Faculty and students in the Department of Physics and Astronomy pursue research in extragalactic, galactic, and stellar astrophysics, laboratory astrophysics, and instrumentation development.
Areas of observational research include the use of quasar absorption line systems as tracers of large scale structure, the large-scale distribution of galaxies in large quasar groups, extended emission regions around proto-galaxies and the evolution of the elements in the Universe since the Big Bang. The composition and structure of the interstellar medium in the Milky Way as well as external galaxies are studied using multi-wavelength approaches from the X-rays to the radio.Multi-wavelength imaging and spectroscopic studies of proto-planetary disks are being made to determine the nature and evolution of planetary formation around other stars. Laboratory and theoretical physics are being applied to reveal the structure and evolution of brown dwarf stars. Finally, advanced technologies in optical and computer sciences are opening windows in the near infrared for high dynamic range adaptive time-resolved imaging.
We utilize both ground and space-based facilities such as the telescopes at Kitt Peak National Observatory, Apache Point Observatory, the Hubble Space Telescope, and the Gemini Observatories to pursue both galactic and extragalactic observational studies. The department also operates Moore Observatory, near Louisville, Kentucky, and in collaboration with the University of Southern Queensland, Mt. Kent Observatory near Toowoomba, Australia. A 0.6-meter technically advanced research telescope at Moore Observatory, is used for a training and research programs in instrumentation and stellar astrophysics. The observatories are home to a pair of remotely operable robotic 0.5-meter telescopes that provide nearly continuous coverage of the entire sky and permit a rapid response to transient events such as gamma ray bursts, supernovae, and exo-planet transits. Through Internet2, these robotic telescopes deliver hands-on astronomy education to undergraduate students on campus, and to schools throughout the state.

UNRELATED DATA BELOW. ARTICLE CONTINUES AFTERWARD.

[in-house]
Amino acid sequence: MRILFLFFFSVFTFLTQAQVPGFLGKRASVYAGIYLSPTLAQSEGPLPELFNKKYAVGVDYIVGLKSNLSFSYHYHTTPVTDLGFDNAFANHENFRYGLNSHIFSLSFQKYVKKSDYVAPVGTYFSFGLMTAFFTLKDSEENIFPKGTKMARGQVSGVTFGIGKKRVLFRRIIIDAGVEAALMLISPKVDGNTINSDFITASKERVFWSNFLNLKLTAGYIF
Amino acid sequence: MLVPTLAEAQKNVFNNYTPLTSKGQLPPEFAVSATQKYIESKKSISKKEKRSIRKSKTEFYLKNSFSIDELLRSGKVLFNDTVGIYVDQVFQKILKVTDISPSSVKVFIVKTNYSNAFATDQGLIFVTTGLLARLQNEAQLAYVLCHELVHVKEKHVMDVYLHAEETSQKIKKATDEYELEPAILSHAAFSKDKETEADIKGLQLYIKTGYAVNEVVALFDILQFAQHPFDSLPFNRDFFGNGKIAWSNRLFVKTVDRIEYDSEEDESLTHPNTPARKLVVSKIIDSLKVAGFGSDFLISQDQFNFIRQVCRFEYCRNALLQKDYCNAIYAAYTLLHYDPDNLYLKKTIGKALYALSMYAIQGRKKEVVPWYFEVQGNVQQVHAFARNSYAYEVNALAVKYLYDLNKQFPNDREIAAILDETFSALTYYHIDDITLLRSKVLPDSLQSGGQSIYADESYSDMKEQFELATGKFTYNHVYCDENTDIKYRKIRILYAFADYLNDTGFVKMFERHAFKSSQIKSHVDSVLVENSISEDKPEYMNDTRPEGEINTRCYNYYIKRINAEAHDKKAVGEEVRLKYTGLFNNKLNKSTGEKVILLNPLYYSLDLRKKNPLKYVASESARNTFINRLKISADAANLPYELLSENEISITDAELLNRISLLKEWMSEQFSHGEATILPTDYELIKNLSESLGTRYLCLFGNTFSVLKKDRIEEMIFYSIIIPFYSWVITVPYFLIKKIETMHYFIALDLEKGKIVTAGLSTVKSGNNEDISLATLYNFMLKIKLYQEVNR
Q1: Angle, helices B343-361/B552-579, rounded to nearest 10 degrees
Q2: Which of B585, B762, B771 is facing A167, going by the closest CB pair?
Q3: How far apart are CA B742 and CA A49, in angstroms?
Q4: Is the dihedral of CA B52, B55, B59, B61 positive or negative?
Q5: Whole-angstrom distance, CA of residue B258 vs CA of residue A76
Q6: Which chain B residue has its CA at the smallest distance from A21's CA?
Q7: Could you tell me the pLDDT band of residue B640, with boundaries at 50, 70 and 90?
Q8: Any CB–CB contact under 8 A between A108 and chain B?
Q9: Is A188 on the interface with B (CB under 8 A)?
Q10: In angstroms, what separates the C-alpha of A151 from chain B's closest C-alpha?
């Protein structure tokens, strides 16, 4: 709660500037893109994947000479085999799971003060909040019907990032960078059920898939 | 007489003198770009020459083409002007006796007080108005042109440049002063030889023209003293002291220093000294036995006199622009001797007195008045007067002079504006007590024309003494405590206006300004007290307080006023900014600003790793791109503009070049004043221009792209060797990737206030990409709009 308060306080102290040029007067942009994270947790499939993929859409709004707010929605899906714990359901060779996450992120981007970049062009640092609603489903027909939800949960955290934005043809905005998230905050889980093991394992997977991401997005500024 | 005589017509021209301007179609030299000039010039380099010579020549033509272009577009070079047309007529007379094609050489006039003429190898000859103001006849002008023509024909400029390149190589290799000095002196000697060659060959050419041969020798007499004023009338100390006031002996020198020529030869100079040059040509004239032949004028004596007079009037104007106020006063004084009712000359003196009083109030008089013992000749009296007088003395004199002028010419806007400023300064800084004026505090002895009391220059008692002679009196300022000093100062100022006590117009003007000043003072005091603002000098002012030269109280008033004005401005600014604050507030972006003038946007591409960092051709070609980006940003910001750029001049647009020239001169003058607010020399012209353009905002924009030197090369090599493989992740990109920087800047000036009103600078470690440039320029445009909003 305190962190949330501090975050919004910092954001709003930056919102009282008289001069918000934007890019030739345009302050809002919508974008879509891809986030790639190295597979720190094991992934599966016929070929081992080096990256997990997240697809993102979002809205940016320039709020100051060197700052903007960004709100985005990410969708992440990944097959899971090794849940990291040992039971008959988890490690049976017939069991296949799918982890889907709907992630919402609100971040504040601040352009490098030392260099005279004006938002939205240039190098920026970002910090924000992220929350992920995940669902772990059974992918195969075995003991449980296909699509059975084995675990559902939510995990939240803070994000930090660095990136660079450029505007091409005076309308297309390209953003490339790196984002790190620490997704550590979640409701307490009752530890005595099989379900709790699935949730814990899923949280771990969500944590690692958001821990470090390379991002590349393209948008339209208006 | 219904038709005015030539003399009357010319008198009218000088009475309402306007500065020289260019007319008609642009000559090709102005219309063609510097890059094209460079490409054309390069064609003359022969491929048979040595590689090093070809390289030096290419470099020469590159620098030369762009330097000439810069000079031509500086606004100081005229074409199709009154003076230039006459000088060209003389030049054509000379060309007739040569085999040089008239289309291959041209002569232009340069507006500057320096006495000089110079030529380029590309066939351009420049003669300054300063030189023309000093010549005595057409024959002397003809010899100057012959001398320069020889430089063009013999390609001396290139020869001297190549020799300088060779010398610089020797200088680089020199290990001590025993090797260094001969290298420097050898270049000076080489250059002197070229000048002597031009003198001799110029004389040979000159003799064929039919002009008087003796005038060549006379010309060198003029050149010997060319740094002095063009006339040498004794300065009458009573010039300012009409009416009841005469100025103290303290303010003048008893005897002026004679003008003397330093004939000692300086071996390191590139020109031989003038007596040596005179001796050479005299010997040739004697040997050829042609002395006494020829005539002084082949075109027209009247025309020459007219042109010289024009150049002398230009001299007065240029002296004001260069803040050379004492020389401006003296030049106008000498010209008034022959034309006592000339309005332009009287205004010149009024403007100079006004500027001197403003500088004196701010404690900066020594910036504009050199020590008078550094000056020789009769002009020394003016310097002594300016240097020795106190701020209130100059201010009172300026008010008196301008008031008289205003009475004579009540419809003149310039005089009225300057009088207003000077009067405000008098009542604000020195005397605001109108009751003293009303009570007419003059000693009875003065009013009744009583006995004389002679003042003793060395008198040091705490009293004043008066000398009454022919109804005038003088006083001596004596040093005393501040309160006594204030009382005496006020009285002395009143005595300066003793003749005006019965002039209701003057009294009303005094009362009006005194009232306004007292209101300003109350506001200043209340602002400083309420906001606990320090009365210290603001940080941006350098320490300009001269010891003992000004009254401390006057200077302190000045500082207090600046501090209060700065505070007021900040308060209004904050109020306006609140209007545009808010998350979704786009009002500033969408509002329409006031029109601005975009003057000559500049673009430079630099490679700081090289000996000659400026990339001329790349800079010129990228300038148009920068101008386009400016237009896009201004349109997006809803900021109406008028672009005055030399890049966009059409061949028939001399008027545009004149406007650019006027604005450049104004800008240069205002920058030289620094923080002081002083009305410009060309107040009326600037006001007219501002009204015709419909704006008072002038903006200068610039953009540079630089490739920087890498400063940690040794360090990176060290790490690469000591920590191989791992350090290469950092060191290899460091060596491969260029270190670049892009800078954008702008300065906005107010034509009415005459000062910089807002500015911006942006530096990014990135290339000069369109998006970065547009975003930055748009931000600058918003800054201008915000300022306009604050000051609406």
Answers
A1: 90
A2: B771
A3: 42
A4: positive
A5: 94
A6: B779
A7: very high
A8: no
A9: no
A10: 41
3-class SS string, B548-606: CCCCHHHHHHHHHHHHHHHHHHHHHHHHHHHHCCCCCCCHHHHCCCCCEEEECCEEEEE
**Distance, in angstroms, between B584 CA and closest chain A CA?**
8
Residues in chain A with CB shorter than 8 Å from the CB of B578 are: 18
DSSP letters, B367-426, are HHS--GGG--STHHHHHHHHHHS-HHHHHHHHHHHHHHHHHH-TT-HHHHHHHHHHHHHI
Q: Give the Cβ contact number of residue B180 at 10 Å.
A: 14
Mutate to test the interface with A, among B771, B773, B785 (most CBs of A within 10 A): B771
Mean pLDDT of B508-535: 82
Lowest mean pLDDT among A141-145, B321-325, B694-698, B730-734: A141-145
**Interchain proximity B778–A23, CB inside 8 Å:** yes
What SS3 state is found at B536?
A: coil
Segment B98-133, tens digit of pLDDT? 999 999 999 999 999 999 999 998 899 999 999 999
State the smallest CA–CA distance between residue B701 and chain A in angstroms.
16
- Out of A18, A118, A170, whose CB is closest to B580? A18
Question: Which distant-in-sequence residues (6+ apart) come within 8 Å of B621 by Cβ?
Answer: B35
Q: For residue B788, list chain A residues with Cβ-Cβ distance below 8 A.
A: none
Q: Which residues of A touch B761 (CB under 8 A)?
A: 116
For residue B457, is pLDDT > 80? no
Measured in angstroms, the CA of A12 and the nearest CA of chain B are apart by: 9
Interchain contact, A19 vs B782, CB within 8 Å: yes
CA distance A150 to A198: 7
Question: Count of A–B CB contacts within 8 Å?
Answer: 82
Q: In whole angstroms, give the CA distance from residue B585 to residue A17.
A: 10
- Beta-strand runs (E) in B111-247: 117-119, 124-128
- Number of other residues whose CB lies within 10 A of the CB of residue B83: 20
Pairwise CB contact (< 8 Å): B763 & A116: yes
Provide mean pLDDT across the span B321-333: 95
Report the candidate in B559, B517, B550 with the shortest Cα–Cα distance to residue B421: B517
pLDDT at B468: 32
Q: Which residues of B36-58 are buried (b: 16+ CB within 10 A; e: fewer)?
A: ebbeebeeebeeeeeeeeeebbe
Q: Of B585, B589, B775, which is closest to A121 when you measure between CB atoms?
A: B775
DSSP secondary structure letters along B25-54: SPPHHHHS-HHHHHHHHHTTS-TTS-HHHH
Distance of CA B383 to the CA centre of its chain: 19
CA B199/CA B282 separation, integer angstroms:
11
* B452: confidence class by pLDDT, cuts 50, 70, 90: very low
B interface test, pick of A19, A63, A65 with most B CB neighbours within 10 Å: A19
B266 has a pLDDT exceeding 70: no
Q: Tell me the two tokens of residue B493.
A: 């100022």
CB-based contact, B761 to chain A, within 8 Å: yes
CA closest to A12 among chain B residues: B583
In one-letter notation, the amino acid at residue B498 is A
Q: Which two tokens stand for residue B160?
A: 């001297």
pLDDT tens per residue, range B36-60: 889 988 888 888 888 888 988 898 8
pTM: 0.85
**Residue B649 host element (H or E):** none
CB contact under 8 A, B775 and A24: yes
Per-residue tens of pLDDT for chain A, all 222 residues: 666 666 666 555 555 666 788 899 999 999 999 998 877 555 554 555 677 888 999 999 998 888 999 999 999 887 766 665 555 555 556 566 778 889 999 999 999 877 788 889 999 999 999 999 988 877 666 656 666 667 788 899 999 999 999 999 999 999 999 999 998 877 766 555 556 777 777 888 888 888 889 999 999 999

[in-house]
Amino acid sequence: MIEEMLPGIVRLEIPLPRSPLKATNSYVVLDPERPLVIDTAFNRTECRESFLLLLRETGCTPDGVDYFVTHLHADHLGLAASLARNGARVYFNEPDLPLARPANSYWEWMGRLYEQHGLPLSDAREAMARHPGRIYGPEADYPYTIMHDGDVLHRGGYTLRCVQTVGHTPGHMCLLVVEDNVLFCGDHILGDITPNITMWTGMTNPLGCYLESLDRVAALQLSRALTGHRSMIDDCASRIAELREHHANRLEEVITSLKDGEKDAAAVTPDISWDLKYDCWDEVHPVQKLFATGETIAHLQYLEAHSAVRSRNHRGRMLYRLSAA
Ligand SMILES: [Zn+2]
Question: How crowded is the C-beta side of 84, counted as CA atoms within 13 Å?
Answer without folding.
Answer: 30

Research on the dynamics and thermodynamics of planetary atmospheres is carried out using the EPIC Atmospheric model, funded by NASA and NSF, which is a general circulation model designed for planetary applications. EPIC stands for "Explicit Planetary Isentropic Coordinate" and is the leading model for the atmospheres of the gas giants Jupiter, Saturn, Uranus, and Neptune. The model can also be used to simulate terrestial-class atmospheres. This work is carried out at the Comparative Planetology Laboratory.
- John F. Kielkopf, Ph.D. (The John Hopkins University)
- Gerard M. Williger, Ph.D. (Cambridge University)
- James T. Lauroesch, Ph.D. (University of Chicago)
- Timothy Dowling, Ph.D. (California Institute of Technology)
- Study of the K-H_2 quasi-molecular line satellite in the potassium resonance line, N. F. Allard, F. Spiegelman, and J. F. Kielkopf, Astronomy and Astrophysics, 465, 1085-1091 (2007).
- Impact broadening of alkali lines in brown dwarfs, N. F. Allard, J. F. Kielkopf, and F. Allard, European Physical Journal D -- Atomic, Molecular and Optical Physics, 44, 507-514 (2007).
- A MIKE + UVES survey of sub-damped Lyman α systems at z < 1.5, Meiring, Joseph D., Lauroesch, James T., Kulkarni, Varsha P., Péroux, Celine, Khare, Pushpa & York, Donald G. 2009, MNRAS, 397, 2037
- SOAR imaging of sub-damped Lyman α systems at z < 1, Meiring, Joseph D., Lauroesch, James T., Haberzettl, Lutz, Kulkarni, Varsha P., Péroux, Céline, Khare, Pushpa & York, Donald G. 2011, MNRAS, 410, 2516M
- The Clowes-Campusano Large Quasar Group Survey. I. GALEX Selected Sample of Lyman Break Galaxies at z ~ 1, Haberzettl, L., Williger, G. M., Lauroesch, J. T., Haines, C. P., Valls-Gabaud, D., Harris, K. A., Koekemoer, A. M., Loveday, J., Campusano, L. E., Clowes, R. G., Davé, R., Graham, M. J. & Söchting, I. K., 2009, ApJ, 702, 506
- A Link Between Gas-Rich Protoplanetary Disks and Gas-Poor Debris Disks, Collins, K.A., Grady, C.A., Hamaguchi, K., Wisniewski, J.P., Brittain, S., Sitko, M., Carpenter, W.J., Williams, J.P., Matthews, G.S., Williger, G.M., van Boekel, R., Carmona, A., van den Ancker, M.E., Meeus, G., Chen, X.P., Petre, R., Woodgate, B.E., Henning, Th. ApJ, 697, 557 (2009).
- The Connection between a Lyman Limit System, a very strong OVI Absorber, and Galaxies at z ~ 0.203, Lehner, N., Prochaska, J.X., Kobulnicky, H.A., Cooksey, K.L., Howk, J.C., Williger, G.M., Cales, S.L., ApJ, 694, 734 (2009).